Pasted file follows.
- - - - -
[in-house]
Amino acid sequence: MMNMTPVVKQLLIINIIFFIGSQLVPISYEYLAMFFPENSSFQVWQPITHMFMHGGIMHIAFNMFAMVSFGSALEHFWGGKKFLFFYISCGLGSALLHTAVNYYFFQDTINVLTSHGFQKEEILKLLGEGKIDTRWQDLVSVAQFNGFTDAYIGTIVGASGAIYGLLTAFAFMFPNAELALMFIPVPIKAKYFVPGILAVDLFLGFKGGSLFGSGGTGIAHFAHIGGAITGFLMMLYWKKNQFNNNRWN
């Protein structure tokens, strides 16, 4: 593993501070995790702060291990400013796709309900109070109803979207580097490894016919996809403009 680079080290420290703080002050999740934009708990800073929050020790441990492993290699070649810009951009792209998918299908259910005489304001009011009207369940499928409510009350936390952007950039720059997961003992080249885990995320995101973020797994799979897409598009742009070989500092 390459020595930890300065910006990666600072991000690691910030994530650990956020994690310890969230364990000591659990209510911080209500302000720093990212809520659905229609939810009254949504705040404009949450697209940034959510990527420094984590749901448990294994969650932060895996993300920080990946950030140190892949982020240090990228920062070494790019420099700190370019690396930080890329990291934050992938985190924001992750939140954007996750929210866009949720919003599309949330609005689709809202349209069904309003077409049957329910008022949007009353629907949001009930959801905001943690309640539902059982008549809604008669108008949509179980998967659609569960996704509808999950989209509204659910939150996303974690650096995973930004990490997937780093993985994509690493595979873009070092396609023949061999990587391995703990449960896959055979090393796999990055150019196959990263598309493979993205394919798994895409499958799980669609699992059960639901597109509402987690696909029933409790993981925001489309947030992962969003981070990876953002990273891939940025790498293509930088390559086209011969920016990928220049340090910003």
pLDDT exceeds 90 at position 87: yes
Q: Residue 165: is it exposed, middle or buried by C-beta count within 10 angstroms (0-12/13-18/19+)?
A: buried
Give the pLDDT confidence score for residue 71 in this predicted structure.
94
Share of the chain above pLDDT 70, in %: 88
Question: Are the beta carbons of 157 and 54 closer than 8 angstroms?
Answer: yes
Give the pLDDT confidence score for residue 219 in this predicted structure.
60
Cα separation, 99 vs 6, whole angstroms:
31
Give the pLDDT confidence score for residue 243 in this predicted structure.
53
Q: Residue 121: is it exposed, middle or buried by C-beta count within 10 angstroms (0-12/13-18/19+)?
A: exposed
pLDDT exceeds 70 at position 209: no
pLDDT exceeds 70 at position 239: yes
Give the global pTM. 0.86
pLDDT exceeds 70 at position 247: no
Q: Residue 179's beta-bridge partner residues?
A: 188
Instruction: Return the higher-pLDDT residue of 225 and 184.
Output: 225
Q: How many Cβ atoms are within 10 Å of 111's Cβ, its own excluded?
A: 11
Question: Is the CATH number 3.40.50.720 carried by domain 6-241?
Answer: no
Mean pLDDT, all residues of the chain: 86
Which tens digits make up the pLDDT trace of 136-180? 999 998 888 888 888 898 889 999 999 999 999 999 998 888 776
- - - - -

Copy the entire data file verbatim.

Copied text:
[in-house]
Amino acid sequence: MMNMTPVVKQLLIINIIFFIGSQLVPISYEYLAMFFPENSSFQVWQPITHMFMHGGIMHIAFNMFAMVSFGSALEHFWGGKKFLFFYISCGLGSALLHTAVNYYFFQDTINVLTSHGFQKEEILKLLGEGKIDTRWQDLVSVAQFNGFTDAYIGTIVGASGAIYGLLTAFAFMFPNAELALMFIPVPIKAKYFVPGILAVDLFLGFKGGSLFGSGGTGIAHFAHIGGAITGFLMMLYWKKNQFNNNRWN
């Protein structure tokens, strides 16, 4: 593993501070995790702060291990400013796709309900109070109803979207580097490894016919996809403009 680079080290420290703080002050999740934009708990800073929050020790441990492993290699070649810009951009792209998918299908259910005489304001009011009207369940499928409510009350936390952007950039720059997961003992080249885990995320995101973020797994799979897409598009742009070989500092 390459020595930890300065910006990666600072991000690691910030994530650990956020994690310890969230364990000591659990209510911080209500302000720093990212809520659905229609939810009254949504705040404009949450697209940034959510990527420094984590749901448990294994969650932060895996993300920080990946950030140190892949982020240090990228920062070494790019420099700190370019690396930080890329990291934050992938985190924001992750939140954007996750929210866009949720919003599309949330609005689709809202349209069904309003077409049957329910008022949007009353629907949001009930959801905001943690309640539902059982008549809604008669108008949509179980998967659609569960996704509808999950989209509204659910939150996303974690650096995973930004990490997937780093993985994509690493595979873009070092396609023949061999990587391995703990449960896959055979090393796999990055150019196959990263598309493979993205394919798994895409499958799980669609699992059960639901597109509402987690696909029933409790993981925001489309947030992962969003981070990876953002990273891939940025790498293509930088390559086209011969920016990928220049340090910003």
pLDDT exceeds 90 at position 87: yes
Q: Residue 165: is it exposed, middle or buried by C-beta count within 10 angstroms (0-12/13-18/19+)?
A: buried
Give the pLDDT confidence score for residue 71 in this predicted structure.
94
Share of the chain above pLDDT 70, in %: 88
Question: Are the beta carbons of 157 and 54 closer than 8 angstroms?
Answer: yes
Give the pLDDT confidence score for residue 219 in this predicted structure.
60
Cα separation, 99 vs 6, whole angstroms:
31
Give the pLDDT confidence score for residue 243 in this predicted structure.
53
Q: Residue 121: is it exposed, middle or buried by C-beta count within 10 angstroms (0-12/13-18/19+)?
A: exposed
pLDDT exceeds 70 at position 209: no
pLDDT exceeds 70 at position 239: yes
Give the global pTM. 0.86
pLDDT exceeds 70 at position 247: no
Q: Residue 179's beta-bridge partner residues?
A: 188
Instruction: Return the higher-pLDDT residue of 225 and 184.
Output: 225
Q: How many Cβ atoms are within 10 Å of 111's Cβ, its own excluded?
A: 11
Question: Is the CATH number 3.40.50.720 carried by domain 6-241?
Answer: no
Mean pLDDT, all residues of the chain: 86
Which tens digits make up the pLDDT trace of 136-180? 999 998 888 888 888 898 889 999 999 999 999 999 998 888 776